Pictured: David Dragotto prepares dinner for his 12-year-old daughter, Gianna Dragotto, by adding one of three types of cannabis extracts mixed in olive oil to her meal. (Josh Barber, Orange County Register)

California family fighting for city’s medical marijuana measure to help daughter

'What if the place that makes Gianna’s oils get raided?': Here's a look at how Measure X would help California medical marijuana patients if passed by voters

SANTA ANA – Gianna Dragotto sits in her wheelchair at the 420 Central marijuana dispensary in Santa Ana, slowly chewing spoonfuls of her low-carb dinner, which is topped with cannabis oil.

Displayed throughout the dispensary are signs and pamphlets with the words “Vote Yes on Measure X,” a Costa Mesa-sponsored ballot measure that would allow her oils, called Myriam’s Hope, to be made in a designated part of the city.

Gianna, 12, of Costa Mesa, takes the oils with her food four times daily to cope with Lennox-Gastaut Syndrome, a severe form of epilepsy, and congenital disorders of glycosylation, an inherited metabolic disorder that impairs the production of proteins and can result in mental and physical disabilities.

The 12- to 15-second drop seizures, which occur when abnormal brain activity results in the loss of muscle tone, began when she was three months old and increased to 200 per hour by the time she was 10, said Gianna’s mother, Natalie Dragotto.

Doctors said she wouldn’t live past her fifth birthday.

“The doctor told me ‘You need to focus on having more children and not focus so much on making Gianna better,'” Natalie Dragotto recalled.

After exhausting all the traditional pharmaceuticals, Gianna’s parents began giving her cannabis oils with her food in 2014. The seizures slowly decreased to around 20 per hour and she is now able to say small words like “mermaid” and “mama,” they said.

“We pretty much went from A to Z in all the seizure medications,” said Gianna’s father, David Dragotto.

On Tuesday, voters in Costa Mesa will be see nine measures on the ballot. Measure X, one of three marijuana-related initiatives, would allow the processing, research, distribution, development and testing of medical marijuana-related products in a designated industrial zone in the northern part of the city, but no dispensaries.

Producing the oils, which requires extraction, is illegal and therefore not regulated, making it impossible to tell if the products are safe, said Robert Taft, owner of 420 Central and the proponent behind Measure V who now favors the city’s initiative over his own.

“I don’t know how it’s made and I own the store,” he said. “These products are made by people in the business that have a great reputation and following, but can I tell you what their lab looks like or how clean or secure it is? No. Measure X solves all that.”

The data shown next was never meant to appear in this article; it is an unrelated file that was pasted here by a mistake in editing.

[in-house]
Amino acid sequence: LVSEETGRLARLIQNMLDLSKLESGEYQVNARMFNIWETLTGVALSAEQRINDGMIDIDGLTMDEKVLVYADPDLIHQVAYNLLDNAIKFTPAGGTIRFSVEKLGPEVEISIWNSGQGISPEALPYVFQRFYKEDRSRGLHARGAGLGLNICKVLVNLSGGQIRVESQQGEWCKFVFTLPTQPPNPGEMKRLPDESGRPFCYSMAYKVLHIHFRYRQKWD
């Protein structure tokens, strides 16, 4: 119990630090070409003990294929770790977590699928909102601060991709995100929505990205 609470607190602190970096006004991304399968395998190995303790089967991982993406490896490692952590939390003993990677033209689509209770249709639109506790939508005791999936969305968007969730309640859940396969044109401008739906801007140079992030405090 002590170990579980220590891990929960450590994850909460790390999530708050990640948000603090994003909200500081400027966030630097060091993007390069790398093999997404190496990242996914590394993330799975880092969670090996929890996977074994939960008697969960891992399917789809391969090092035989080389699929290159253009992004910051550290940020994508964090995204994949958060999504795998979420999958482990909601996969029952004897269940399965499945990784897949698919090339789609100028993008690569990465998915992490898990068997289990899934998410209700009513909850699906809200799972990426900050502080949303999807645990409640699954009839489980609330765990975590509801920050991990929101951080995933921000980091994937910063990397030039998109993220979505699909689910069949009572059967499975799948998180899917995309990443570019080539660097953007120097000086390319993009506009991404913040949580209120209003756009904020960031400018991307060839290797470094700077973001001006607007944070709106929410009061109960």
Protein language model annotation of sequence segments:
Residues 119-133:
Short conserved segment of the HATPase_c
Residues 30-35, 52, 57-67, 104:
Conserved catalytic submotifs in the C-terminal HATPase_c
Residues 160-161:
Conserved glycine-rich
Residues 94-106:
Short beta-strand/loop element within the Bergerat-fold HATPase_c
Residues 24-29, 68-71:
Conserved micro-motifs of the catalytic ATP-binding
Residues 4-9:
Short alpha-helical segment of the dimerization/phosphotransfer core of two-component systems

In addition, a 6 percent tax would be levied on the businesses.

The other two measures, V and W, would allow up to eight and four dispensaries, respectively.

Whichever measure gets the most votes above 50 percent wins.

Natalie and David Dragotto have advocated for Measure X by walking door-to-door, talking with residents and handing out literature, arguing that the initiative will allow medical marijuana businesses to develop their products in a safe and clean environment.

“I’ve gotten weird looks from people when I’m with Gianna,” Natalie Dragotto said. “It’s about educating them.”

The Dragottos get the cannabis oils at 420 Central where Taft sponsors the $1,200 monthly cost.

Before supplying the oils at his store, Taft had to travel outside the county to purchase the products, usually to Rancho Cucamonga or Northern California. Only a handful of Orange County dispensaries sell them now, he said.

City leaders drafted the measure to exclude dispensaries until the state has a legal framework to control how the shops are operated.

Councilman Jim Righeimer has said the initiative would deliver tested wholesale products to retail stores outside the city.

“We want to make sure that people like Gianna can get the medicine they need without going to full-blown dispensaries,” Righeimer said.

There are also concerns about what happens to patients like Gianna when cannabis oil production facilities are targeted by authorities.

In June, Sonoma County law enforcement officials raided five properties associated with Care By Design and Absolute Xtracts, two popular cannabis product brands.

In January, San Diego police arrested two employees at a hash oil lab operated by Med-West Distribution.

“What if the place that makes Gianna’s oils get raided?” Natalie Dragotto said. “We’ll be in a tailspin. That’s why we’re fighting so hard for this.”

Contact the writer: 714-796-2478 or lcasiano@ocregister.com

This story was first published on OCRegister.com